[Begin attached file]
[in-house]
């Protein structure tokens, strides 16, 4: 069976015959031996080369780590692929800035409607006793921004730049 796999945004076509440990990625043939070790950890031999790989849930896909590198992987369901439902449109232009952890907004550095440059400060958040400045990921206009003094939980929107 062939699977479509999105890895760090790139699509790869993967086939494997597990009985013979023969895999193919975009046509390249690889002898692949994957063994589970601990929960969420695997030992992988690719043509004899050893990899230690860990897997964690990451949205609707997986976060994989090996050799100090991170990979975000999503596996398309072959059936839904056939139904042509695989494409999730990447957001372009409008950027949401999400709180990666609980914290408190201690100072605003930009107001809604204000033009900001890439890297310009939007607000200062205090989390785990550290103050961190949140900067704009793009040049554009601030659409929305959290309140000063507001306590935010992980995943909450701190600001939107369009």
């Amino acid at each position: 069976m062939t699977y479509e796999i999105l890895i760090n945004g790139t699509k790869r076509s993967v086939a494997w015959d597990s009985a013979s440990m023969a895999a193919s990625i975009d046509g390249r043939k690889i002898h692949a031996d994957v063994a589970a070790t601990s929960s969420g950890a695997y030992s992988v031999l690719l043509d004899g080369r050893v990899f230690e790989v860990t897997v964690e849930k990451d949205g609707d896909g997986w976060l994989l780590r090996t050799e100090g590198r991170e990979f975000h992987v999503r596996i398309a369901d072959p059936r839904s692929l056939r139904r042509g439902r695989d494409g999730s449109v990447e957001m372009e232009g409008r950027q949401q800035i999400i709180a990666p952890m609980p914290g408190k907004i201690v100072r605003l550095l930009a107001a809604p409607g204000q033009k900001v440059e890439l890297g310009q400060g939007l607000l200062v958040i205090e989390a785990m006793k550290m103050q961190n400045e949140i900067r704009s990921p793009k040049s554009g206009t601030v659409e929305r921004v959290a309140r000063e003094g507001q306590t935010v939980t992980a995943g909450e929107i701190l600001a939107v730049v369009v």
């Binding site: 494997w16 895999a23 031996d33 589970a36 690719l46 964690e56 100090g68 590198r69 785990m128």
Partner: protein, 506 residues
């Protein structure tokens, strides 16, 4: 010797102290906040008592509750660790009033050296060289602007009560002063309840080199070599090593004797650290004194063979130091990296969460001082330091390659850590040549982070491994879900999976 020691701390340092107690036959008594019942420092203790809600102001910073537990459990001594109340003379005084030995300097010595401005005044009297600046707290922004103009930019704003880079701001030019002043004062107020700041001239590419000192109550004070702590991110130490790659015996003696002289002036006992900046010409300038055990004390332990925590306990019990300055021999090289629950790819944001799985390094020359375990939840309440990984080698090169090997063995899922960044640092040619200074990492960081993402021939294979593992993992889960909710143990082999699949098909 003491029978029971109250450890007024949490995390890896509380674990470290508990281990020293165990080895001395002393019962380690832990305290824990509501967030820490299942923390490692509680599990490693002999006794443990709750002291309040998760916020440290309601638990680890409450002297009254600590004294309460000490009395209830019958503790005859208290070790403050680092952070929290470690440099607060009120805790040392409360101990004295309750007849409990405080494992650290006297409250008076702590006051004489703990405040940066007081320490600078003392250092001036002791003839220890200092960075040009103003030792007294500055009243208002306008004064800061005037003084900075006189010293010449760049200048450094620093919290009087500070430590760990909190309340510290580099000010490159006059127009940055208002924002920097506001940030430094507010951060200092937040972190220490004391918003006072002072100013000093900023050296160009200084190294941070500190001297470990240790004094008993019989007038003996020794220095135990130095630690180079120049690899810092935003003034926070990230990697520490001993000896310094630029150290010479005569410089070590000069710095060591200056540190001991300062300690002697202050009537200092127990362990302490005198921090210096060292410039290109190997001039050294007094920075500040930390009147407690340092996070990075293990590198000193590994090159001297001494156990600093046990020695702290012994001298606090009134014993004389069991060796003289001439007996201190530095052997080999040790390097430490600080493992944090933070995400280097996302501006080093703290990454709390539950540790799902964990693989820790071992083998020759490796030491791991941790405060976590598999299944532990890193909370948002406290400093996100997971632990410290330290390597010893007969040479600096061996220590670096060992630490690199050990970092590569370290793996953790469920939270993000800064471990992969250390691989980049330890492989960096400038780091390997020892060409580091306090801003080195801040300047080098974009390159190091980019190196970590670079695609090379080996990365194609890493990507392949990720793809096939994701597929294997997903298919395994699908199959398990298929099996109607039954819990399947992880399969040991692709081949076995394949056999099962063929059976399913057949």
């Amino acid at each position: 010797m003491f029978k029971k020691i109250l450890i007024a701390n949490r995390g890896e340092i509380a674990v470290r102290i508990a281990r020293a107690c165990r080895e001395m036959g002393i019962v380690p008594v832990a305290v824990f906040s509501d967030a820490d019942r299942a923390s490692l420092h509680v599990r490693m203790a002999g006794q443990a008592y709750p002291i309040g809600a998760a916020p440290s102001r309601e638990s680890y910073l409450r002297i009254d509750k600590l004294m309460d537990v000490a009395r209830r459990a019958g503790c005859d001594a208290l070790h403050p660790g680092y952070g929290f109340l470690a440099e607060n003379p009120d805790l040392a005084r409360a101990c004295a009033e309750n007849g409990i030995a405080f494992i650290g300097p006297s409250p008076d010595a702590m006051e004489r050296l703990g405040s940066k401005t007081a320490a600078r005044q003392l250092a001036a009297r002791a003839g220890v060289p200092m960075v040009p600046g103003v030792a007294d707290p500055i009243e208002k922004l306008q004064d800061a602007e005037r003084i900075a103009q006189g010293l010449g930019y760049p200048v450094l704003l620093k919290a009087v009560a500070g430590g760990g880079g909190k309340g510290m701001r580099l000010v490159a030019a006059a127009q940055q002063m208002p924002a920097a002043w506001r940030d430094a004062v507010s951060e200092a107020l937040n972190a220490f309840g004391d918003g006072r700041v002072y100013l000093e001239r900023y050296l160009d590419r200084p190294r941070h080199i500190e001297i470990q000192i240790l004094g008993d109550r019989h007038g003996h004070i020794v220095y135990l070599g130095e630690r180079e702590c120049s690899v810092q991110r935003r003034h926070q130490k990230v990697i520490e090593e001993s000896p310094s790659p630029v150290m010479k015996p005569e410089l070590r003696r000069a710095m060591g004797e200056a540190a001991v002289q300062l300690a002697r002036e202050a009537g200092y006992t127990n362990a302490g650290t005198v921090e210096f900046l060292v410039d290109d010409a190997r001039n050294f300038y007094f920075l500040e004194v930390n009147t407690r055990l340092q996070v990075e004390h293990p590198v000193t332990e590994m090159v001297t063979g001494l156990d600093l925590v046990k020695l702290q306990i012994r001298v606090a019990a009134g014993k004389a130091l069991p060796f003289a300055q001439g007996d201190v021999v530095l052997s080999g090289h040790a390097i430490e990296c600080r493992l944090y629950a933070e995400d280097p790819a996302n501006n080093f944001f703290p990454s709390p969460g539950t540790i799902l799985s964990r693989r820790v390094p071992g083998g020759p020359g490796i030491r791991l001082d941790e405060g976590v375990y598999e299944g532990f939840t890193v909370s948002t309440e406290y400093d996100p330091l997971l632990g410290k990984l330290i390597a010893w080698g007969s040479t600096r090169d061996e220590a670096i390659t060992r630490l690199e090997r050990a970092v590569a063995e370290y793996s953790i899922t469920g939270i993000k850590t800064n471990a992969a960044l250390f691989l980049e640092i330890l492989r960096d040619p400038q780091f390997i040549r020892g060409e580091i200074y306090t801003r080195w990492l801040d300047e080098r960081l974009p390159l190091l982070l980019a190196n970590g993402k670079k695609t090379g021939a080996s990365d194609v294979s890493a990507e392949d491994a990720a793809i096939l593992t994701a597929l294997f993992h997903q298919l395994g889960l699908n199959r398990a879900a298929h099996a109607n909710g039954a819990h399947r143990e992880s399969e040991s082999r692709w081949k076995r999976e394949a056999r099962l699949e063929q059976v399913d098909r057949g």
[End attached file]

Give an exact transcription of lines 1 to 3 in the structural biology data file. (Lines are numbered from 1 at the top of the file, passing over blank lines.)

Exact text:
[in-house]
């Protein structure tokens, strides 16, 4: 069976015959031996080369780590692929800035409607006793921004730049 796999945004076509440990990625043939070790950890031999790989849930896909590198992987369901439902449109232009952890907004550095440059400060958040400045990921206009003094939980929107 062939699977479509999105890895760090790139699509790869993967086939494997597990009985013979023969895999193919975009046509390249690889002898692949994957063994589970601990929960969420695997030992992988690719043509004899050893990899230690860990897997964690990451949205609707997986976060994989090996050799100090991170990979975000999503596996398309072959059936839904056939139904042509695989494409999730990447957001372009409008950027949401999400709180990666609980914290408190201690100072605003930009107001809604204000033009900001890439890297310009939007607000200062205090989390785990550290103050961190949140900067704009793009040049554009601030659409929305959290309140000063507001306590935010992980995943909450701190600001939107369009």
């Amino acid at each position: 069976m062939t699977y479509e796999i999105l890895i760090n945004g790139t699509k790869r076509s993967v086939a494997w015959d597990s009985a013979s440990m023969a895999a193919s990625i975009d046509g390249r043939k690889i002898h692949a031996d994957v063994a589970a070790t601990s929960s969420g950890a695997y030992s992988v031999l690719l043509d004899g080369r050893v990899f230690e790989v860990t897997v964690e849930k990451d949205g609707d896909g997986w976060l994989l780590r090996t050799e100090g590198r991170e990979f975000h992987v999503r596996i398309a369901d072959p059936r839904s692929l056939r139904r042509g439902r695989d494409g999730s449109v990447e957001m372009e232009g409008r950027q949401q800035i999400i709180a990666p952890m609980p914290g408190k907004i201690v100072r605003l550095l930009a107001a809604p409607g204000q033009k900001v440059e890439l890297g310009q400060g939007l607000l200062v958040i205090e989390a785990m006793k550290m103050q961190n400045e949140i900067r704009s990921p793009k040049s554009g206009t601030v659409e929305r921004v959290a309140r000063e003094g507001q306590t935010v939980t992980a995943g909450e929107i701190l600001a939107v730049v369009v």